Filing a Money Claim- Everything you need to know
- Late payments are a common problem for Small and Medium Enterprises (SMEs), which can create cash flow problems, stifle business growth, and differentiate insolvency and profitability. You can make a money claim online if you think a person or organization owes you money and will not pay you back.
Writing a Letter Claim
- Before you start your money claim, it is good to write a formal letter to the person or business you disagree with (they are called the ‘defendant’). This is called a ‘letter before claim’ or a ‘letter before action’. You will need to do this even if you have already written to them to complain and if the amount claimed is high or the matter complex, they can have a counterclaim and it is advisable to use legal help. If the letter before the claim does not resolve the problem, you can start your claim by filling in a form.
- Write ‘Letter before claim’ at the start of your letter to show this is a formal letter. Your letter should include-
- Your name and address
- A summary of what has happened
- What you want the person or business to do about it
- How much money you want and how you have calculated that amount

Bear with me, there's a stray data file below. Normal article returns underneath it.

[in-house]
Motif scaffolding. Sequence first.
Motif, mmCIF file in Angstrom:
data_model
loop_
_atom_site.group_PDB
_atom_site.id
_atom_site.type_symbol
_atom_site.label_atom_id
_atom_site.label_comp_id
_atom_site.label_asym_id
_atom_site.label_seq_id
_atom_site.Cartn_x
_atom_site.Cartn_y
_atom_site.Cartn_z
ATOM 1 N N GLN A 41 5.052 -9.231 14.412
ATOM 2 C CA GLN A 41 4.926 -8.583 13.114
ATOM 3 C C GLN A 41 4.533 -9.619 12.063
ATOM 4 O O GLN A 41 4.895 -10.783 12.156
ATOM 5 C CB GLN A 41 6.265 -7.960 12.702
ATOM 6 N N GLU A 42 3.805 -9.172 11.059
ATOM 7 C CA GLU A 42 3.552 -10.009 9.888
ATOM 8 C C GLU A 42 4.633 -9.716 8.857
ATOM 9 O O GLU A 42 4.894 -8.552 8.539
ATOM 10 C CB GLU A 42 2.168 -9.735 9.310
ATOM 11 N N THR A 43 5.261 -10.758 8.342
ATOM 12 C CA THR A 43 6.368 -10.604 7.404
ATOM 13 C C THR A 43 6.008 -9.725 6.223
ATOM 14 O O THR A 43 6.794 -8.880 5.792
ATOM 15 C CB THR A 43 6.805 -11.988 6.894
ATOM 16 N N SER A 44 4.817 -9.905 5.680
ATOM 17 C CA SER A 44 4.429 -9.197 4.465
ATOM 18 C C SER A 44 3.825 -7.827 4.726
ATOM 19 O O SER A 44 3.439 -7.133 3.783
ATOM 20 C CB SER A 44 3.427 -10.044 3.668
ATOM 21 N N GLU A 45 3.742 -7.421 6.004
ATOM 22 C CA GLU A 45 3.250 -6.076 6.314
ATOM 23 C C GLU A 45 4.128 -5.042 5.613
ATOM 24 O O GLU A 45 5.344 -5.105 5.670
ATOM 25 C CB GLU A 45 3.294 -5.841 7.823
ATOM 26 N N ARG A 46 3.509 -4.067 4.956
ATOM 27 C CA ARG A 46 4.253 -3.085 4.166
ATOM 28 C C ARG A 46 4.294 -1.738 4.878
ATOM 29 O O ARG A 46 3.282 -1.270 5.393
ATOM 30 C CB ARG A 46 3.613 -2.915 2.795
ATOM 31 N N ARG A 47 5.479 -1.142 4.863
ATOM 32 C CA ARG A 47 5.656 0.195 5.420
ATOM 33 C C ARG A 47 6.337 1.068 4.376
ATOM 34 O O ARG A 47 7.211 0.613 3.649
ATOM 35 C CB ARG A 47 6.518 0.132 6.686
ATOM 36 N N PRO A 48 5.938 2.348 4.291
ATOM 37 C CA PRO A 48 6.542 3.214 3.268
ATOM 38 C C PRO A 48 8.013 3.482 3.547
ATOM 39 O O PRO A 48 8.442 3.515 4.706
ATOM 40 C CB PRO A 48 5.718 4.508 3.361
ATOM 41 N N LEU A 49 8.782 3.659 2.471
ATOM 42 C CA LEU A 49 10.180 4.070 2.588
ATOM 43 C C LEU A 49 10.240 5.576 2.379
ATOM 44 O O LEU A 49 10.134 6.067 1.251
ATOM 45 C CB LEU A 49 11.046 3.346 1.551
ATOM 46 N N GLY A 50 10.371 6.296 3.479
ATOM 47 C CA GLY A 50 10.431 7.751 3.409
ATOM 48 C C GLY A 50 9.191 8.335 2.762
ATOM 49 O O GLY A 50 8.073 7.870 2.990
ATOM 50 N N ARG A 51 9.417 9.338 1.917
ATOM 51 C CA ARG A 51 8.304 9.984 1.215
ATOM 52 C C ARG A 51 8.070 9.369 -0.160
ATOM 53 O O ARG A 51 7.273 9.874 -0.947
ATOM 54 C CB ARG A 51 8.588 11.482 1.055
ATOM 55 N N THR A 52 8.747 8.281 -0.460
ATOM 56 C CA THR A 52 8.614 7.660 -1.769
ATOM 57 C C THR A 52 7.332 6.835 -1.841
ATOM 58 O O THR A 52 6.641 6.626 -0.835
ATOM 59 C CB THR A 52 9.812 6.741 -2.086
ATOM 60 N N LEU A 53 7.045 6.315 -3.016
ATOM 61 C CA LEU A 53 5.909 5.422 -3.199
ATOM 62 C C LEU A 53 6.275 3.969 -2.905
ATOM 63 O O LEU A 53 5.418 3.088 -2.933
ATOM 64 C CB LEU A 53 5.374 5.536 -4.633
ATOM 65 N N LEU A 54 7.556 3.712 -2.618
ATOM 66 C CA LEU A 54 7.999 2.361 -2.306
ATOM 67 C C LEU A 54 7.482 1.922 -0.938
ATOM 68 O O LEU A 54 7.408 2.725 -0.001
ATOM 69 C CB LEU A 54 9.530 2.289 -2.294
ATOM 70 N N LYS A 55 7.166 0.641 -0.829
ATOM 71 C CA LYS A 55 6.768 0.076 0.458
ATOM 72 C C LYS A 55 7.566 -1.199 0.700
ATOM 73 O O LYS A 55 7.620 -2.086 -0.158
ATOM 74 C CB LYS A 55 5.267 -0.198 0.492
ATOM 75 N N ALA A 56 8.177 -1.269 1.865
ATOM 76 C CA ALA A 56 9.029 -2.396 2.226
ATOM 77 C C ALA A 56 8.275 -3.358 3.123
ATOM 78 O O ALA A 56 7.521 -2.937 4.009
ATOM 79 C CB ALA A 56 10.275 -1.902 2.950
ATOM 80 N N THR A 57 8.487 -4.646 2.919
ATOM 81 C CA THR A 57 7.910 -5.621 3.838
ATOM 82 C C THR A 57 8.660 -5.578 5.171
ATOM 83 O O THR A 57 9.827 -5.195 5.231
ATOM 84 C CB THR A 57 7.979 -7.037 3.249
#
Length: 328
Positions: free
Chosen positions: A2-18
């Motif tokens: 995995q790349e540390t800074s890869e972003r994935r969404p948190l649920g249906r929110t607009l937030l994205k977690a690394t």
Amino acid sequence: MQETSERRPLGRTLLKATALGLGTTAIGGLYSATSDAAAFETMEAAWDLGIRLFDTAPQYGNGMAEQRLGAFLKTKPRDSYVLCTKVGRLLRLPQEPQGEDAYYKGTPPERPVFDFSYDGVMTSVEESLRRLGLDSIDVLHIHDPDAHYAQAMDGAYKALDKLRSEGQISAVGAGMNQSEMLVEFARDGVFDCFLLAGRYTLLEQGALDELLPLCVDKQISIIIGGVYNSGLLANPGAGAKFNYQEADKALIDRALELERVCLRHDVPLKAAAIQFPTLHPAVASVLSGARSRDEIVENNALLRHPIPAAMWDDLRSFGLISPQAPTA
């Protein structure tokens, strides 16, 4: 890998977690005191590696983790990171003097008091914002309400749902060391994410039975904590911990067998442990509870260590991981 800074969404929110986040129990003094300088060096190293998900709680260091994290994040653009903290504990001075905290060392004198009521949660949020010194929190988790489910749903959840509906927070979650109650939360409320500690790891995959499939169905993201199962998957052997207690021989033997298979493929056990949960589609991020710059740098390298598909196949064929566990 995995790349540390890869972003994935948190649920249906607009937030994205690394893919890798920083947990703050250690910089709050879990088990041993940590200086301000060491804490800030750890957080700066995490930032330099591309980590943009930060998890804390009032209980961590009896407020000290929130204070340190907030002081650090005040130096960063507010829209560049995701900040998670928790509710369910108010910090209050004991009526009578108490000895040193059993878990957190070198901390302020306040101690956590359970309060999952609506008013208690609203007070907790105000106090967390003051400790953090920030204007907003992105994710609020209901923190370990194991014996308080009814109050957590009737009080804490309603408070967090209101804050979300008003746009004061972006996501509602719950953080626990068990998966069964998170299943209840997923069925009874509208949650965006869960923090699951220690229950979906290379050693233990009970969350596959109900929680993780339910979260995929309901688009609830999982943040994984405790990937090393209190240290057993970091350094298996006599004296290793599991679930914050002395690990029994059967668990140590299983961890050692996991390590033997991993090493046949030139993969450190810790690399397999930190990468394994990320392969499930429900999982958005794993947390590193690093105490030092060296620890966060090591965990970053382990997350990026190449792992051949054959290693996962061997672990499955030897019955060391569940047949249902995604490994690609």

- A deadline for reply, which could be usually 14 days
- That you will start court proceedings if you do not get a reply
Filing the Money Claim
- You can either fill in the claim form online or download and print it. Filing a claim requires a small fee, which varies based upon how much you are owed. The fees start at £25. A money claim can be filed only if :
- Normally, a small claim is under £10,000.
- If you are over 18 or your claim is against someone who is over 18.
- If one has an address in the UK.
- You are not claiming under the Consumer Credit Act 1974.
- One is not claiming personal injury.
- You are not claiming a tenancy deposit.
- One does not need help with court fees.
- You are not making a claim against a government department or agency, for example, HMRC or DVLA.
- One is not claiming to get compensation for an accident or injury.
- You are not claiming to get your tenancy deposit back from your landlord.
What happens next?
What happens next depends on whether the debtor agrees to pay the amount or decides to defend the claim and/or counterclaim. The debtor has 14 days to respond, after which time if there is no response you may decide to issue a County Court judgment (CCJ). Many individuals and businesses do not want a CCJ against their name as all CCJs are on the public record and can affect any credit search made against the debtor’s name and future credit. But if the debtor does defend the claim, then it is likely that the case will get a hearing in court. If you get it wrong the defendant may counterclaim and you may lose more.
For expert assistance regarding filing a money claim, contact firstname.lastname@example.org or WhatsApp us on 07583452230 and we can connect you to the right professional. Visit www.bizlawuk.co.uk to find out more about how we can help you with our other services. If you find this information useful, please follow our social media platforms, like, and share it.